The British Antractic Survey’s vessel RRS Ernest Shackleton teamed up with the Royal Navy survey ship HMS Protector to help scientists begin a five-year mission to understand how West Antarctica is contributing to global sea-level rise.
Working together the ships crunched their way through over 300 miles of sea ice to a remote Antarctic ice shelf to support a team of around 100 scientists who seek to understand a glacier the size of Great Britain.
The gigantic Thwaites Glacier is melting – accounting for four per cent of the annual sea level rise every year. Scientists fear the huge mass of ice could eventually collapse, raising the global sea level 80 centimetres – more than two and a half feet – and so are beginning a five-year programme of field activities, called the International Thwaites Glacier Collaboration, on the glacier.
With the nearest British and American scientific research stations more than 1,600 kilometres away from the research site, the two ships were called upon to deliver essential heavy stores to the ice edge in preparation for the arrival of the scientists next year.
The two vessels delivered four large tracked vehicles, 14 snow mobiles, numerous sledges, two cabooses to act as living quarters, fuel and food to last nearly 5,000 days.
Upon arriving at the Stange Ice Shelf, a team went on to the ice to dig deep holes to secure the ship’s berthing lines. The crews then worked around the clock for 72 hours to offload around 600 tonnes of equipment, machinery and supplies as quickly as possible.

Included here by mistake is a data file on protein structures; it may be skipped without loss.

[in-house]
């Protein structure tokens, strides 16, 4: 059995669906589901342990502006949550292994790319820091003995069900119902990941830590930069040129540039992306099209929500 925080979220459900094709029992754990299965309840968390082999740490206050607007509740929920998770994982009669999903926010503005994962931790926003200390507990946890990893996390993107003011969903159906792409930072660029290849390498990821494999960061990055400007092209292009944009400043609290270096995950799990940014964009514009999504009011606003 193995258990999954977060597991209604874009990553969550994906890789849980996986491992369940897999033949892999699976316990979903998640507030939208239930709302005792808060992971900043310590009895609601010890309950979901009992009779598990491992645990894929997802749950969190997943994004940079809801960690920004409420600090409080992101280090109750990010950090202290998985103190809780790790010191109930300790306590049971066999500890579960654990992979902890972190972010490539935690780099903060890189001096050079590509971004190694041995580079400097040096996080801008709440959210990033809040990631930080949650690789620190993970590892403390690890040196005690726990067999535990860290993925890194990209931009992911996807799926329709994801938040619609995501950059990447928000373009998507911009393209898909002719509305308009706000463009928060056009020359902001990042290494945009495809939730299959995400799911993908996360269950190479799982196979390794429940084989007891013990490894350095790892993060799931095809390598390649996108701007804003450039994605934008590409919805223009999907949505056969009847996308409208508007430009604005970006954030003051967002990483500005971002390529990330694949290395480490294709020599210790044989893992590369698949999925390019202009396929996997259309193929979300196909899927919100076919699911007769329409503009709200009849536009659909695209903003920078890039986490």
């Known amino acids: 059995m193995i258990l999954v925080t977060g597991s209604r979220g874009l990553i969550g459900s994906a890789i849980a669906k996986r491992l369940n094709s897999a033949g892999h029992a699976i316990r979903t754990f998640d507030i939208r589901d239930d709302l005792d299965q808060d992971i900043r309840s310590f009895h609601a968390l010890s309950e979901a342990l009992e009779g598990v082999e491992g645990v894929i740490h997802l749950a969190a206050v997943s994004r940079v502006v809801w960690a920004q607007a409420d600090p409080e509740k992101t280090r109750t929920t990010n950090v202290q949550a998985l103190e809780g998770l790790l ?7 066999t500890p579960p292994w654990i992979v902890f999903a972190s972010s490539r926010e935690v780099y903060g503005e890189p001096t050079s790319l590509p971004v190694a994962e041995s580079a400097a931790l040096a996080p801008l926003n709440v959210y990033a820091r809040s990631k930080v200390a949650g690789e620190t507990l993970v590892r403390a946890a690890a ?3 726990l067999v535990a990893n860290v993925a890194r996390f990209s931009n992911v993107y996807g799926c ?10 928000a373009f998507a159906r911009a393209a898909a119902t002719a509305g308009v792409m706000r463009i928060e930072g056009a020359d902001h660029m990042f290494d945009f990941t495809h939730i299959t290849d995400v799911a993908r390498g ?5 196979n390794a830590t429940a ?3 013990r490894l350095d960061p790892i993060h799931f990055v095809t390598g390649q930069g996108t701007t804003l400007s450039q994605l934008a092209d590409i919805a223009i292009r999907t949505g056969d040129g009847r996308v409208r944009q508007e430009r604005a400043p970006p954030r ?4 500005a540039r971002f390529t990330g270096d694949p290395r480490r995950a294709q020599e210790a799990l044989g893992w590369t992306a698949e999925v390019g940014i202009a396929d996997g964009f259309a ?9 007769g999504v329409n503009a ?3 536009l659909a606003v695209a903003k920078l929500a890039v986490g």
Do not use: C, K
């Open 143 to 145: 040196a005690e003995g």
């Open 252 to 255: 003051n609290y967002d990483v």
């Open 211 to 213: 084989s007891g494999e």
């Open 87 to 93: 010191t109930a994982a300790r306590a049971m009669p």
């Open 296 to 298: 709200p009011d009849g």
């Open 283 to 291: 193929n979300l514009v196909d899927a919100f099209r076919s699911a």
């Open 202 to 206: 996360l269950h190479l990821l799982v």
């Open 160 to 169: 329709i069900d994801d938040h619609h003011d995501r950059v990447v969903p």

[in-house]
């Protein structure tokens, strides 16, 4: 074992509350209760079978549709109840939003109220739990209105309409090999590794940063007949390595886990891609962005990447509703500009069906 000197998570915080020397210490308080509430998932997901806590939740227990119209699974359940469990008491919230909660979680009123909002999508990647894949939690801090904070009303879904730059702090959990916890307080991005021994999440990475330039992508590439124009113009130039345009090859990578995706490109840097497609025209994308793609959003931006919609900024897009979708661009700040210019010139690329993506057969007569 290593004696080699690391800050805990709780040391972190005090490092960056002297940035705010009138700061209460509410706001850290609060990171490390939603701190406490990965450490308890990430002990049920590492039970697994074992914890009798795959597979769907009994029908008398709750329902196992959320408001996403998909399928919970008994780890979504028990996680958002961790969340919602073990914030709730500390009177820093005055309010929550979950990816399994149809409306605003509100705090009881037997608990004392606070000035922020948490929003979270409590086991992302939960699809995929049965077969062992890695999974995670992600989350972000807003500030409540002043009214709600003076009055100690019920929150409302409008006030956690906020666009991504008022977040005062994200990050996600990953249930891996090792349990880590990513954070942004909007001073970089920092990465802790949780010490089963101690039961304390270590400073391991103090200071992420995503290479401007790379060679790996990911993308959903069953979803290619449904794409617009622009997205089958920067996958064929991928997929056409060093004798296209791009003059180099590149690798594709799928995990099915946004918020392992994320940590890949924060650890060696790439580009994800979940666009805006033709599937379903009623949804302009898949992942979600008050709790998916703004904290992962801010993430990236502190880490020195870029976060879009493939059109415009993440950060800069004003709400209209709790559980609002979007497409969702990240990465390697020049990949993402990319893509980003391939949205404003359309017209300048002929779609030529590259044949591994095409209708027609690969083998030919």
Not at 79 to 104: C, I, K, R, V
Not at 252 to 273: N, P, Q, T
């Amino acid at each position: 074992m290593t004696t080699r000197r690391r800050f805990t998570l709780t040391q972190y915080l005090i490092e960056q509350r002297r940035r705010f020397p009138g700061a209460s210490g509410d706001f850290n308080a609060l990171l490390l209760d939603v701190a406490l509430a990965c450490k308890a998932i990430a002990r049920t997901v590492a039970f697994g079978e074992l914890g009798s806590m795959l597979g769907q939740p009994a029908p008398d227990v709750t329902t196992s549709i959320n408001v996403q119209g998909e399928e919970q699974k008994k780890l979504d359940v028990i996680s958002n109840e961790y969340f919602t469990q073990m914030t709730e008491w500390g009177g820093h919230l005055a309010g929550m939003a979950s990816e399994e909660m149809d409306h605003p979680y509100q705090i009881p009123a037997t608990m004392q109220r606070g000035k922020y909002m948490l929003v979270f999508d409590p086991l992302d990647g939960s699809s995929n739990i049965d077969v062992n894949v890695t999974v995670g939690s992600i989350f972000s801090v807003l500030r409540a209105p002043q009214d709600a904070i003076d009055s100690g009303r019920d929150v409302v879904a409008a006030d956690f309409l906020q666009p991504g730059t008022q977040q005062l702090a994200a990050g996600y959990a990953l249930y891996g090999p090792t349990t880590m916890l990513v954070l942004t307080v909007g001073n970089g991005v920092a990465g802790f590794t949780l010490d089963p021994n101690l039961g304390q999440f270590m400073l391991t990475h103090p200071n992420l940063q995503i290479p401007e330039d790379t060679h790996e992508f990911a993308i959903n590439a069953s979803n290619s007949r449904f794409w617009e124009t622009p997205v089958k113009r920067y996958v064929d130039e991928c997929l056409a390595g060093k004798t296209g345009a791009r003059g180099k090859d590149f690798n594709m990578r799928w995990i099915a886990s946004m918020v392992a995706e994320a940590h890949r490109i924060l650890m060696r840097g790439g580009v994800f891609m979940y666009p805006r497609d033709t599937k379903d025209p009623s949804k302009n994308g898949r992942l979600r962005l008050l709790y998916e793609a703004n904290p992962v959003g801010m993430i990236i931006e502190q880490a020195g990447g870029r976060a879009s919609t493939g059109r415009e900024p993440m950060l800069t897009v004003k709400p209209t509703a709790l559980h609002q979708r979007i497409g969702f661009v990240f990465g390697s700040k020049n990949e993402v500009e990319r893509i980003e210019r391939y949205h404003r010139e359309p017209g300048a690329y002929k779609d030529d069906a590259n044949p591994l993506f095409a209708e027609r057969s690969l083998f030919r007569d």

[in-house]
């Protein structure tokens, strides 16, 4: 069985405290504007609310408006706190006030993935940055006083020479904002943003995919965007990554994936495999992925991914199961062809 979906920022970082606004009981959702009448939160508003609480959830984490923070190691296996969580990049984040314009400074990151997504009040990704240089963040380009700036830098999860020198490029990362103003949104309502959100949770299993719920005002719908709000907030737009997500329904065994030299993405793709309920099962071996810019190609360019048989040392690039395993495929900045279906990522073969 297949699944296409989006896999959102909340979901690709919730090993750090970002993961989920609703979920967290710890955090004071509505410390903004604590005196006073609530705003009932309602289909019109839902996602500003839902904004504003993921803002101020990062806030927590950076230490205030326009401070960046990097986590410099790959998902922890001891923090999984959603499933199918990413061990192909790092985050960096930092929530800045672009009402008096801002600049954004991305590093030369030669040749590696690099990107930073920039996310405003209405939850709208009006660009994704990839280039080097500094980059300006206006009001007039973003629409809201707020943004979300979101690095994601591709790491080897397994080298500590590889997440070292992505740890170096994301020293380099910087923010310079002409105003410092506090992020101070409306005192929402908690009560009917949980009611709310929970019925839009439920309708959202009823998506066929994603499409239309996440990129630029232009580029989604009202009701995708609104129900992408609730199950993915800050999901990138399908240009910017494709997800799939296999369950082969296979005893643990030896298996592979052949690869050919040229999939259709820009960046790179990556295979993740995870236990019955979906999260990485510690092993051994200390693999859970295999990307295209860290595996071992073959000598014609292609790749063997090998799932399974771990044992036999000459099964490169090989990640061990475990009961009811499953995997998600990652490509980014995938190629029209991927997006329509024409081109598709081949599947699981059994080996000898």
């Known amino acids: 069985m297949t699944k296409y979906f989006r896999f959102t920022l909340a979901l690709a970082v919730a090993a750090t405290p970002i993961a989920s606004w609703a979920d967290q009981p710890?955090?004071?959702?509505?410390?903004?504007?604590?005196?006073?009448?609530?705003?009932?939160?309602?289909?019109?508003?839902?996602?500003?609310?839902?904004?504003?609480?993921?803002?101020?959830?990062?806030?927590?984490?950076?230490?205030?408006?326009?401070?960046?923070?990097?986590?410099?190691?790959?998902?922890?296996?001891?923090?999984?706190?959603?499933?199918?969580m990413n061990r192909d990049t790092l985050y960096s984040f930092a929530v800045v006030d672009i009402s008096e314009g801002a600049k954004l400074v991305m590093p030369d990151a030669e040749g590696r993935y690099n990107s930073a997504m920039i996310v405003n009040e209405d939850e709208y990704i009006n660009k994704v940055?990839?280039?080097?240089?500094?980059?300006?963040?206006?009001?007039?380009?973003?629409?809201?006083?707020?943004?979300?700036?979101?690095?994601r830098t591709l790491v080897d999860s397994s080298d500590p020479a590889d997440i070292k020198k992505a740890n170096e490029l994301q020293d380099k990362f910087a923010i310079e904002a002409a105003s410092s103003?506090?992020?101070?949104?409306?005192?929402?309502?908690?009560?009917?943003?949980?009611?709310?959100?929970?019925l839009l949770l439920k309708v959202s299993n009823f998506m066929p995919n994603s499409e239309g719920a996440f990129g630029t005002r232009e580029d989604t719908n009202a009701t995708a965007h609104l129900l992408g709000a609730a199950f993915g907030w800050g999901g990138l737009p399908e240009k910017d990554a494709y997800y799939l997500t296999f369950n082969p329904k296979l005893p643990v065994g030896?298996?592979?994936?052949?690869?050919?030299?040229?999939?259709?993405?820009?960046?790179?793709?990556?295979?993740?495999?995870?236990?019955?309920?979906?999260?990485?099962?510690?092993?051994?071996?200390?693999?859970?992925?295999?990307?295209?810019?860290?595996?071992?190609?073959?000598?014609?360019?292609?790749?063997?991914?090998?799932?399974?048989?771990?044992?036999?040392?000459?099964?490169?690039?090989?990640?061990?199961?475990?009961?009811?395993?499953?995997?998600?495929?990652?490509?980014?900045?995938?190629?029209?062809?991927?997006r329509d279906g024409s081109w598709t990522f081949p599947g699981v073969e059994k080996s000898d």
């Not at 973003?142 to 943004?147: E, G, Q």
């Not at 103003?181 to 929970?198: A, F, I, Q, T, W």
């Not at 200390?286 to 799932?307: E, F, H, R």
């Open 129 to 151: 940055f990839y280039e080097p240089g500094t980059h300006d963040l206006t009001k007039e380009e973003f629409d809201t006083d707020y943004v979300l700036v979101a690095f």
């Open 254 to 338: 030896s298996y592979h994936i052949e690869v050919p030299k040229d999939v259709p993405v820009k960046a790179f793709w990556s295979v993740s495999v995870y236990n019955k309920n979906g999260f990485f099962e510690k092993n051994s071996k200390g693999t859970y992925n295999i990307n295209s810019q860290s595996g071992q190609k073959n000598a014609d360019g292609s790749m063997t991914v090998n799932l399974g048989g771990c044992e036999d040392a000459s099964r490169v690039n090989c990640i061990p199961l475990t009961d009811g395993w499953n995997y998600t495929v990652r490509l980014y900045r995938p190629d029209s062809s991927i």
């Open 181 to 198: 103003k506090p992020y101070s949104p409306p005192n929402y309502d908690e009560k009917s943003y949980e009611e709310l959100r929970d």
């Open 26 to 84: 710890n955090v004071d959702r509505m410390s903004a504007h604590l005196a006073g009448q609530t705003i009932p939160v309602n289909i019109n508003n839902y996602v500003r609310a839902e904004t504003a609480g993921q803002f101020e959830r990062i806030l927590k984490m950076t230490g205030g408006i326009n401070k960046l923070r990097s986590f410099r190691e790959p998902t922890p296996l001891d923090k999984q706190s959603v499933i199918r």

BAS Director of Science, Professor David Vaughan says:
“Without the assistance of HMS Protector, we just couldn’t have delivered all the necessary cargo onto this remote part of West Antarctica in time to begin this vital research programme, which will help us predict future global sea-level rise. This partnership with the Royal Navy has been enormously valuable and the kit they have delivered will mean that our joint UK/US science teams can begin their fieldwork on schedule next year.”
Joining in the long-range Antarctic mission have been BAS Twin Otter aircraft and an RAF Hercules, which dropped 70 tonnes of supplies to outlying UK research sites and conducted a fly-past of Protector while she was berthed at the ice shelf.
“It’s been a privilege for HMS Protector to contribute to the International Thwaites Glacier Collaboration and a thrill for the ship’s company to see first-hand how this globally significant research is being supported,” said HMS Protector’s Commander, Commander Peter Higgins.
HMS Protector has been away from its home port since September 2015 and will not return home until May next year. She spends summer in the Southern Hemisphere conducting research on the fringes of the frozen continent and austral winters in milder waters off West and East Africa.
More about the International Thwaites Glacier Collaboration here